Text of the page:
New research highlights the serious unintended consequences of proposed reforms for young and active members

Damien Mu

Damien Mu

AIA Australia has released new research to highlight the limited financial gains young Australians would receive under the Federal government’s ‘Protecting your Super Package’, which would also leave more than 1.4 million young people under 25 without much needed financial protections.

The research commissioned by AIA and completed by Rice Warner has shown that an opt-in insurance model for members under 25 would not address the unnecessary erosion of superannuation balances, with an individual’s retirement balance to increase by just $1,400 or 0.27 per cent over the course of their working life.

AIA considers this to be inadequate when considering that life insurance claims and benefit payments for under 25s are growing each year, and that the proposed reforms would be offset by the potentially devastating physical and social impacts a member would experience in the event of a serious injury or illness.

AIA Australia and New Zealand CEO, Damien Mu, said: “This data raises legitimate questions as to the value of such reforms, where members will forgo valuable protections for a minimal financial gain in retirement. The cost savings are inadequate when considering the increased health and financial risks for under 25s.

“There are unintended consequences to these measures, including that premiums for remaining insured members will increase across their working life.”



The Productivity Commission’s recent ‘Superannuation: Assessing Efficiency and Competitiveness’ report labelled duplicate accounts as a core driver of balance erosion and estimated that the annual cost of excess insurance premiums for members was $1.9 billion each year. AIA welcomes measures to address duplicate accounts and believes the government can achieve this through the measures outlined by the Insurance in Superannuation Working Group Voluntary Code of Practice.

“By adopting new measures on inactive accounts, the government will achieve two-thirds of its targeted cost savings for members, while addressing the important issue of duplicate accounts. This is what the government should be focused on, removing cover only in instances where insurance is not required,” Mr Mu said.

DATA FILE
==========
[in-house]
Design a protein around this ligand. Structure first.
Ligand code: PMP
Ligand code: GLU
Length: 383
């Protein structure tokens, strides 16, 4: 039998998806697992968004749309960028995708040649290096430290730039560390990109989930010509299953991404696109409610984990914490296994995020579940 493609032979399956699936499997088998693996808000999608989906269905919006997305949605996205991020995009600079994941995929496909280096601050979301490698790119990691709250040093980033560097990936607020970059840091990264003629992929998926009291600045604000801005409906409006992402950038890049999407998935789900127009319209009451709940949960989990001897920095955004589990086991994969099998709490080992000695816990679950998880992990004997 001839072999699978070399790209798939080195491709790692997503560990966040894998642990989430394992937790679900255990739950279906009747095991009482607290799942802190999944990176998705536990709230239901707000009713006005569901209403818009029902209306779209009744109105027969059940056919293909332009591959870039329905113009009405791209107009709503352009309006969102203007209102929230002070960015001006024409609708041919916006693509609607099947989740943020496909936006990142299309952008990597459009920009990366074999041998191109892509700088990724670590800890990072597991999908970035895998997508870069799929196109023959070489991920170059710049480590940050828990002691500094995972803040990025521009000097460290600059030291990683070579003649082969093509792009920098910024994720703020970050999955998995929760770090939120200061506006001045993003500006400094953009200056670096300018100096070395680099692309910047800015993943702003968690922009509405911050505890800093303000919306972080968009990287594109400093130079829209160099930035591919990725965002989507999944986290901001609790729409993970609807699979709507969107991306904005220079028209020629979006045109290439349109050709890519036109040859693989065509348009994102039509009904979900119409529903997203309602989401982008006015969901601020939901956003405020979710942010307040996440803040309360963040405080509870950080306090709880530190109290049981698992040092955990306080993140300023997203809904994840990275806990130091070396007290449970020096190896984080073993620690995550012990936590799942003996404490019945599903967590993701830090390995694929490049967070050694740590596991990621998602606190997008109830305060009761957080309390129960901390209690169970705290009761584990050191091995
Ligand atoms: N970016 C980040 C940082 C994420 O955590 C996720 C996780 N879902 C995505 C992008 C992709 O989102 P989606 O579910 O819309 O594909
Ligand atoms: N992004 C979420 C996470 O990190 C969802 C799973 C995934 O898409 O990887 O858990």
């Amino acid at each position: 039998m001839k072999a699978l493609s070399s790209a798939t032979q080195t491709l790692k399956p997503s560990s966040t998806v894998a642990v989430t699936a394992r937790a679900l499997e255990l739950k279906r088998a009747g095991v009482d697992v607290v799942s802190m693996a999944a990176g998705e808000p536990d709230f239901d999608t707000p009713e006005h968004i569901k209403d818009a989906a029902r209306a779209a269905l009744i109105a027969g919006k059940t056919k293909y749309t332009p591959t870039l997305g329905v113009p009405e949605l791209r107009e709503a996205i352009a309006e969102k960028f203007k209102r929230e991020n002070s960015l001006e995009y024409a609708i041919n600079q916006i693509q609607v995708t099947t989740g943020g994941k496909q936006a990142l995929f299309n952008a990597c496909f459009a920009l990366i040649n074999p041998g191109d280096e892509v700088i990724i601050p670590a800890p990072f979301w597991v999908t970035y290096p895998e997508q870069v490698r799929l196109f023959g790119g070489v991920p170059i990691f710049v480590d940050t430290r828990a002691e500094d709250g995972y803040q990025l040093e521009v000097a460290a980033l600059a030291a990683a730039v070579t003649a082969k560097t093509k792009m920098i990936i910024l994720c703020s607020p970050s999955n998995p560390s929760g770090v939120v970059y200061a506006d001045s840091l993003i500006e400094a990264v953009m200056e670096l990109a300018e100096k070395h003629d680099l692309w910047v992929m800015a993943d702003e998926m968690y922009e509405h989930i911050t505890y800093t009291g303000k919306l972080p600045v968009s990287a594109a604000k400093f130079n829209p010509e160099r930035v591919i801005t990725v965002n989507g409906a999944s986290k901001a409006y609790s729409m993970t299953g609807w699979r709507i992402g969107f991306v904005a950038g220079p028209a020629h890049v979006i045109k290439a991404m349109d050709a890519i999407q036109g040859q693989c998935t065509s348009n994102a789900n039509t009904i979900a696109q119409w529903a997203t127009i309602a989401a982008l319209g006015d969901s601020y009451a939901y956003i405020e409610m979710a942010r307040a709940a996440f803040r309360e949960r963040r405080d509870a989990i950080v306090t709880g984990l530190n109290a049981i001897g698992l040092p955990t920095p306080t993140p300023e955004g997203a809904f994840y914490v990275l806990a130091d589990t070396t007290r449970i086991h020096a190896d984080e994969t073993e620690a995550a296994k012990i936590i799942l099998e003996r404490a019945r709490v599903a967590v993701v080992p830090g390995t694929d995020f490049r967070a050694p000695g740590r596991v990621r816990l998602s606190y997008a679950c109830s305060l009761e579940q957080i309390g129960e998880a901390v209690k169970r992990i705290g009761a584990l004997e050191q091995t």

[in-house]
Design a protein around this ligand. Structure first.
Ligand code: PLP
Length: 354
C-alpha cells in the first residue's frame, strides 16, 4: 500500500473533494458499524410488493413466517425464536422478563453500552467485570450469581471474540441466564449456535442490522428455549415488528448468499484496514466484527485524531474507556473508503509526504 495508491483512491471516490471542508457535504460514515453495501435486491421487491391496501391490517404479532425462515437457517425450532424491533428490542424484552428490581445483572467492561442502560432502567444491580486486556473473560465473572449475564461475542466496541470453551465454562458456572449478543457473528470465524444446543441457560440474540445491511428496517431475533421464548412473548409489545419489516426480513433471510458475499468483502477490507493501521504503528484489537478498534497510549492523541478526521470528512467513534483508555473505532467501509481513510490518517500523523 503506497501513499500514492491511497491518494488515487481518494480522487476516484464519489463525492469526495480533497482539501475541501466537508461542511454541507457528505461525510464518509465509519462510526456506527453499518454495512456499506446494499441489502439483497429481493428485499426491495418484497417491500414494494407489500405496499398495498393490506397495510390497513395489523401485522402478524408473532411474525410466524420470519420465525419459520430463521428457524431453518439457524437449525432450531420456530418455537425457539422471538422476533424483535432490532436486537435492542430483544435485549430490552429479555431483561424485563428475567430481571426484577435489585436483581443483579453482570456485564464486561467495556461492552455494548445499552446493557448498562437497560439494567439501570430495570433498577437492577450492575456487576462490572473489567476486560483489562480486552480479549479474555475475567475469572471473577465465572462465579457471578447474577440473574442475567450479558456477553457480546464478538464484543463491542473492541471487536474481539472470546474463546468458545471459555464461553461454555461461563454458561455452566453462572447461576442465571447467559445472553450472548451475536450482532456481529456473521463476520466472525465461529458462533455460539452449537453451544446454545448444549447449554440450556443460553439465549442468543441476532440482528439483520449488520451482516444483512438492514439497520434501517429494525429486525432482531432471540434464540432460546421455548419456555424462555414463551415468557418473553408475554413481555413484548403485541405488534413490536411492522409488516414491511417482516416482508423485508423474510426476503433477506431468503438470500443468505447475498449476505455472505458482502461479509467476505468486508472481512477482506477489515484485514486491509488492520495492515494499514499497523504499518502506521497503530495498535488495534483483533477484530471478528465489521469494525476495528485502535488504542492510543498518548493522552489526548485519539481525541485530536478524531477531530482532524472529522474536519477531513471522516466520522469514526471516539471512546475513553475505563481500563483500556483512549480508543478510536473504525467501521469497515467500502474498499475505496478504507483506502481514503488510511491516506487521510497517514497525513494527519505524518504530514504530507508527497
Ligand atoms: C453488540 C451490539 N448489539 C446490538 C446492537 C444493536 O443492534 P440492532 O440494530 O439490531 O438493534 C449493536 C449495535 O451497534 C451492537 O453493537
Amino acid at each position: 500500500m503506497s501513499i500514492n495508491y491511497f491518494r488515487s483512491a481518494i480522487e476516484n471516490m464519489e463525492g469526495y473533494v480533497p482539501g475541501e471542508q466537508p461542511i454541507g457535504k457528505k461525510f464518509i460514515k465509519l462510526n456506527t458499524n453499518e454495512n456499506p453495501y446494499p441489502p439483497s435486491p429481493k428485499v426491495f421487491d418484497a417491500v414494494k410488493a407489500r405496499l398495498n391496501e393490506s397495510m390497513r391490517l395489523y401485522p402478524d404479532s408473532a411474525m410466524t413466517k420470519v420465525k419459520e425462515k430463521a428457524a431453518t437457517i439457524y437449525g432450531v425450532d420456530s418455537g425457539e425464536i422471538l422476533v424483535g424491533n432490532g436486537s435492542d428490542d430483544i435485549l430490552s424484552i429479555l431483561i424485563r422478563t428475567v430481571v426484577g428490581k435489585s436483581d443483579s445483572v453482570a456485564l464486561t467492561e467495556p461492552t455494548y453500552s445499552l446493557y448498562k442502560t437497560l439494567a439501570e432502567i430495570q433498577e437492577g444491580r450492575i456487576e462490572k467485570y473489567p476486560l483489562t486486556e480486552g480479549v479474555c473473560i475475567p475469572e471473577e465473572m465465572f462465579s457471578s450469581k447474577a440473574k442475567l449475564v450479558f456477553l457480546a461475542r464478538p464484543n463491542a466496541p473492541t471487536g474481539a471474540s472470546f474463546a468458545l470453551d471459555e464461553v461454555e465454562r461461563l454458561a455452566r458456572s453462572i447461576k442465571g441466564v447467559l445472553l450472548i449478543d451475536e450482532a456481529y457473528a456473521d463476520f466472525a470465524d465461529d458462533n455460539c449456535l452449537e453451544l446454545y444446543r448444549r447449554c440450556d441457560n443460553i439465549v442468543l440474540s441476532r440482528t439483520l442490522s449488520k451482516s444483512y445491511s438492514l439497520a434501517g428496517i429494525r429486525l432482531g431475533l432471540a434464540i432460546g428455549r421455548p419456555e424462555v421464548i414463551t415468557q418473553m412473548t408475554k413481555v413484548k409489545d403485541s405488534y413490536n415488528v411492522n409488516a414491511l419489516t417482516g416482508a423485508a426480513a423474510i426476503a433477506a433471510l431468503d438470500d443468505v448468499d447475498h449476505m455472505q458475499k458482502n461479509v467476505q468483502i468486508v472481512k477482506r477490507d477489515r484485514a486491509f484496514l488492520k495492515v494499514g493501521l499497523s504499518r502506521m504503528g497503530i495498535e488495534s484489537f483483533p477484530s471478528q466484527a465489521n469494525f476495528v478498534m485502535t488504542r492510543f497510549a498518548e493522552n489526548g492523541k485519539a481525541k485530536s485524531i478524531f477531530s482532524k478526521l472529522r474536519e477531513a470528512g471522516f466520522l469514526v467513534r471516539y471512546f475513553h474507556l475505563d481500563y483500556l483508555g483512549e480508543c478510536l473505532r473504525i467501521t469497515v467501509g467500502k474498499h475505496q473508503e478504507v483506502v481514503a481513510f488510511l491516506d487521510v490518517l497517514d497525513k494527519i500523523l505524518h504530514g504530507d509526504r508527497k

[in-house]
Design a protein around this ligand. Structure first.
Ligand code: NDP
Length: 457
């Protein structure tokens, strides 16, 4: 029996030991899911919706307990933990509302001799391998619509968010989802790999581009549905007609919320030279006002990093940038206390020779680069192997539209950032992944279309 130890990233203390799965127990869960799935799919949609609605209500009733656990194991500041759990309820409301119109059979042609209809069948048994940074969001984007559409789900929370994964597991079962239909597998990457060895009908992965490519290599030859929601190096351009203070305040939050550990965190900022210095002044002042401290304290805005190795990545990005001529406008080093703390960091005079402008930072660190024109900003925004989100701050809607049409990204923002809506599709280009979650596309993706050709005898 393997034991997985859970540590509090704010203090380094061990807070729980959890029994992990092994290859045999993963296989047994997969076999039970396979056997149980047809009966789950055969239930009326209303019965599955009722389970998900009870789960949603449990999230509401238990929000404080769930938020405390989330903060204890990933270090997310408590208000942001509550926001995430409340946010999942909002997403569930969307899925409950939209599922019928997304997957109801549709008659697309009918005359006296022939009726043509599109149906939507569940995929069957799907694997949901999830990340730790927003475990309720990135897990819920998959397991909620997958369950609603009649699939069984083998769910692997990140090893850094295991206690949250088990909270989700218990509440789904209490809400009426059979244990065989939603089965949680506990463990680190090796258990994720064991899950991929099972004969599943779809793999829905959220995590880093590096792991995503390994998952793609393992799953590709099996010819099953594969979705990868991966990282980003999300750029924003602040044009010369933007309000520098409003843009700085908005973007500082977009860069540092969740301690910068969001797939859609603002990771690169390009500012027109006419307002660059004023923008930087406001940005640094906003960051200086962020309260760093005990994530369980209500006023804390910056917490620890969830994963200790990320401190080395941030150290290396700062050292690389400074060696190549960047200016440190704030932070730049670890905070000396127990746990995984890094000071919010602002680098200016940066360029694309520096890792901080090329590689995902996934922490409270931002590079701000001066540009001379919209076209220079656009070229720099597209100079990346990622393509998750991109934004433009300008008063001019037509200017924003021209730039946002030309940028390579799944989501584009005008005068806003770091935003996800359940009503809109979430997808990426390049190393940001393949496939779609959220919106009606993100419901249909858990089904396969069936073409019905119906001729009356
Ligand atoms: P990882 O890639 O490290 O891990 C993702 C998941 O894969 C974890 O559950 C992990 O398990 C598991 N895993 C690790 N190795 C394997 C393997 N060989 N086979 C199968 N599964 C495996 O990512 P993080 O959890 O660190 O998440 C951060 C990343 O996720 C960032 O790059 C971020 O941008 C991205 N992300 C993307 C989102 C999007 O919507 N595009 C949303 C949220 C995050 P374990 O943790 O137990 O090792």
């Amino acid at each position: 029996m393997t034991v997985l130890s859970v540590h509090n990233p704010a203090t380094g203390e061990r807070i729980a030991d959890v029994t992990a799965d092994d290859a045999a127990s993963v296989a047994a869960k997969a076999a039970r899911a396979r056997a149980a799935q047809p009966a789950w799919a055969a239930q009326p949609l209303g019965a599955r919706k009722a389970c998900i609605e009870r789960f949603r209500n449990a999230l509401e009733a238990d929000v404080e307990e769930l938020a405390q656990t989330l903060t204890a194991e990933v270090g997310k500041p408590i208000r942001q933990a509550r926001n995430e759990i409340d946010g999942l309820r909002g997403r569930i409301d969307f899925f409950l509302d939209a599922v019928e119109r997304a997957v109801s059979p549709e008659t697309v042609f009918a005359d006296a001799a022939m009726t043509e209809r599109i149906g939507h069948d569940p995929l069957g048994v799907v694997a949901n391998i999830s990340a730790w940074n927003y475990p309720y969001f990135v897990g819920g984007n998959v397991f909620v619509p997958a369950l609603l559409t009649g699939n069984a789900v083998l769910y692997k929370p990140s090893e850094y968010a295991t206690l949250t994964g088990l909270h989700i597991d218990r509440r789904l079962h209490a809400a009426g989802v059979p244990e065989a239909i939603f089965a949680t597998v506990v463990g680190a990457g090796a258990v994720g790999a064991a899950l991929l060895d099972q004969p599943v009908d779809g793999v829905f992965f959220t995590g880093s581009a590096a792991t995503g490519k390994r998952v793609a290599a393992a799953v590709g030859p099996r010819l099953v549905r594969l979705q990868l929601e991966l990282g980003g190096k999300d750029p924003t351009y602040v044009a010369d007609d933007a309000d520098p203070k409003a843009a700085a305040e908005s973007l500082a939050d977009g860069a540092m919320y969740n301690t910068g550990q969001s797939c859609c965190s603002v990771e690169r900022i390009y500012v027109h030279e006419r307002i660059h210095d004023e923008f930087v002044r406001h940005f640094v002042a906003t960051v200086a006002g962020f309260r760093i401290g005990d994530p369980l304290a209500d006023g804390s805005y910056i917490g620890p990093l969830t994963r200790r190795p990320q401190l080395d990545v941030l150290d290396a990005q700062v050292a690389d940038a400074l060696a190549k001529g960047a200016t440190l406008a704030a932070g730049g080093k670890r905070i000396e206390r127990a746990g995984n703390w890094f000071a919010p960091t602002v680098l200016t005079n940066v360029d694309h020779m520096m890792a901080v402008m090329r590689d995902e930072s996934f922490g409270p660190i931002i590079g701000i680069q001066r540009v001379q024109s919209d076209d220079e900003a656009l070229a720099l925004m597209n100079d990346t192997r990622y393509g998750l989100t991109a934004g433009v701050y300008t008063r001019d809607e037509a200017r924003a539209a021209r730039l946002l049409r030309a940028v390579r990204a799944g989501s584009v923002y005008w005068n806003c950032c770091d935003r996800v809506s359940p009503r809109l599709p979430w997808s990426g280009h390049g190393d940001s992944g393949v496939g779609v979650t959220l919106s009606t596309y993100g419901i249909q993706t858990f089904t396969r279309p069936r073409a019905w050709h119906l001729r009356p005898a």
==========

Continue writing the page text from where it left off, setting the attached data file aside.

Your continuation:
“They should not remove appropriate levels of protection or coverage for active, working Australians, nor should they discriminate against active members due to age or account balances, as these individuals are at risk, and they do have insurance needs as with other member cohorts.”
Members with active but low balance superannuation accounts do have insurance needs, with more than $75 million in claims paid by AIA to these members in 2017.

AIA has also paid $84 million on 1,200 claims for members under 25 since 2015, with the rate of Income Protection (IP) and Total and Permanent Disability (TPD) claims approximately the same for people aged 20 and those aged 30. Mental ill health is also the largest claim cause for under 25s at AIA for group TPD, representing one in four of all claims; and is the third largest claim cause for IP for under 25s.

“It is simply not the case that young people don’t require cover, or that they work exclusively in casual or part-time employment. More than 600,000 young workers under 25 do so on a full-time basis, which is 42 per cent of the under 25 working population. Of those, almost half are full-time workers in blue collar jobs.” Mr Mu said

“One of the more serious consequences of the proposed policy change is that people working in casual jobs and high-risk occupations such as mining and construction may be unable to attain life insurance, particularly for disability. This is because group insurance schemes were designed to accommodate a broad spectrum of risk across the nation’s policy holders, and a change to the default model would leave these members exposed where there is some form of underwriting.

More than 1.4 million young people under 25 would also be left without cover under the proposed reforms, while the opt-in rate is likely to be less than 10 per cent, even with extensive marketing campaigns.

“This is concerning as most young people are less likely to be able to self-fund in the event of a serious and unexpected event given that, for many, their largest asset is their future income,” Mr Mu said. “We also know that young Australians are less likely to actively opt-in to life insurance due to over optimism about their risk, and apathy – 40 per cent of young members are unaware what their superannuation balance is, let alone being in a position to consider their specific insurance needs and take active steps to opt-in.”

Implications for the Government and Australian economy

The Rice Warner research also shows that the impact of the ‘Protecting your Super Package’ for the government and Australian economy would be $2.46 billion annually, driven largely by lost economic spending due to reduced insurance payments. In assessing the isolated tax and social security implications, the research shows that the government would only benefit from a marginal gain of just $29.9 million in revenue each year.

“Before even considering the economic cost due to lower spending, the gain in government revenue is insufficient to rationalise the decision to remove insurance protections for young and active members,” Mr Mu said.


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